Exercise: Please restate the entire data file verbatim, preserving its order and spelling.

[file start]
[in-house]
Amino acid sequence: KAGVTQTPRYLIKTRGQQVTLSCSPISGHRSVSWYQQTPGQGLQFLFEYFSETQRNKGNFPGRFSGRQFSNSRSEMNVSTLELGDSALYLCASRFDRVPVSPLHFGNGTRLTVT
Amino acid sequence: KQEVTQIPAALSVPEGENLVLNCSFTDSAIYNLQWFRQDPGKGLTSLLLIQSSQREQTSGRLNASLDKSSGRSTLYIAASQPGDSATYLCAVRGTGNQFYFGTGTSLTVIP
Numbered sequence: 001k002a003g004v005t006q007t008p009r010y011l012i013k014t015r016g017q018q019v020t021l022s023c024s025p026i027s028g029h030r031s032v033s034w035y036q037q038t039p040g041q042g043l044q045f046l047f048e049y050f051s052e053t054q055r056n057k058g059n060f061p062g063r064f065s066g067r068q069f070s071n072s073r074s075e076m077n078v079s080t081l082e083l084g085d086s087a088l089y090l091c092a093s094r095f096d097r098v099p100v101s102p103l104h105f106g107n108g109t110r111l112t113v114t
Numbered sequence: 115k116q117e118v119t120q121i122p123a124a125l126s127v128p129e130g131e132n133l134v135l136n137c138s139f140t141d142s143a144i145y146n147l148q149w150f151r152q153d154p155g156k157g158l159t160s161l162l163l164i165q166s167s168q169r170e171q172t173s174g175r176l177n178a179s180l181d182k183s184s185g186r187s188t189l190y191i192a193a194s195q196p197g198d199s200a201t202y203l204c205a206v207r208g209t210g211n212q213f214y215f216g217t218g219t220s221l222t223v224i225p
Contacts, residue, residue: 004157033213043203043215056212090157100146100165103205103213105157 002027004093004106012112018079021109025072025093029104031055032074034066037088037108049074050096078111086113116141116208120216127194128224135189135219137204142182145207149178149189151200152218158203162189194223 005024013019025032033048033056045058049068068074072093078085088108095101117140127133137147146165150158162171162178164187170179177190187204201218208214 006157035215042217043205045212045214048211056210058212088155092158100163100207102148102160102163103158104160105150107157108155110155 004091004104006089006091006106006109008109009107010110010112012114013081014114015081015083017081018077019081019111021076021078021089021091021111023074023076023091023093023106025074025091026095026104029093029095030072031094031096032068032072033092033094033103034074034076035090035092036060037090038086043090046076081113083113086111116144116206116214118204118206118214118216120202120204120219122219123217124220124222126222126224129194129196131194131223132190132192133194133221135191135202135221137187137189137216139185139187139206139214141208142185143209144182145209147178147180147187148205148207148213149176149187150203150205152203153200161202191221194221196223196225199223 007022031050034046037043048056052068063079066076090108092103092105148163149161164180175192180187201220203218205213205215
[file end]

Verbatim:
[in-house]
Amino acid sequence: KAGVTQTPRYLIKTRGQQVTLSCSPISGHRSVSWYQQTPGQGLQFLFEYFSETQRNKGNFPGRFSGRQFSNSRSEMNVSTLELGDSALYLCASRFDRVPVSPLHFGNGTRLTVT
Amino acid sequence: KQEVTQIPAALSVPEGENLVLNCSFTDSAIYNLQWFRQDPGKGLTSLLLIQSSQREQTSGRLNASLDKSSGRSTLYIAASQPGDSATYLCAVRGTGNQFYFGTGTSLTVIP
Numbered sequence: 001k002a003g004v005t006q007t008p009r010y011l012i013k014t015r016g017q018q019v020t021l022s023c024s025p026i027s028g029h030r031s032v033s034w035y036q037q038t039p040g041q042g043l044q045f046l047f048e049y050f051s052e053t054q055r056n057k058g059n060f061p062g063r064f065s066g067r068q069f070s071n072s073r074s075e076m077n078v079s080t081l082e083l084g085d086s087a088l089y090l091c092a093s094r095f096d097r098v099p100v101s102p103l104h105f106g107n108g109t110r111l112t113v114t
Numbered sequence: 115k116q117e118v119t120q121i122p123a124a125l126s127v128p129e130g131e132n133l134v135l136n137c138s139f140t141d142s143a144i145y146n147l148q149w150f151r152q153d154p155g156k157g158l159t160s161l162l163l164i165q166s167s168q169r170e171q172t173s174g175r176l177n178a179s180l181d182k183s184s185g186r187s188t189l190y191i192a193a194s195q196p197g198d199s200a201t202y203l204c205a206v207r208g209t210g211n212q213f214y215f216g217t218g219t220s221l222t223v224i225p
Contacts, residue, residue: 004157033213043203043215056212090157100146100165103205103213105157 002027004093004106012112018079021109025072025093029104031055032074034066037088037108049074050096078111086113116141116208120216127194128224135189135219137204142182145207149178149189151200152218158203162189194223 005024013019025032033048033056045058049068068074072093078085088108095101117140127133137147146165150158162171162178164187170179177190187204201218208214 006157035215042217043205045212045214048211056210058212088155092158100163100207102148102160102163103158104160105150107157108155110155 004091004104006089006091006106006109008109009107010110010112012114013081014114015081015083017081018077019081019111021076021078021089021091021111023074023076023091023093023106025074025091026095026104029093029095030072031094031096032068032072033092033094033103034074034076035090035092036060037090038086043090046076081113083113086111116144116206116214118204118206118214118216120202120204120219122219123217124220124222126222126224129194129196131194131223132190132192133194133221135191135202135221137187137189137216139185139187139206139214141208142185143209144182145209147178147180147187148205148207148213149176149187150203150205152203153200161202191221194221196223196225199223 007022031050034046037043048056052068063079066076090108092103092105148163149161164180175192180187201220203218205213205215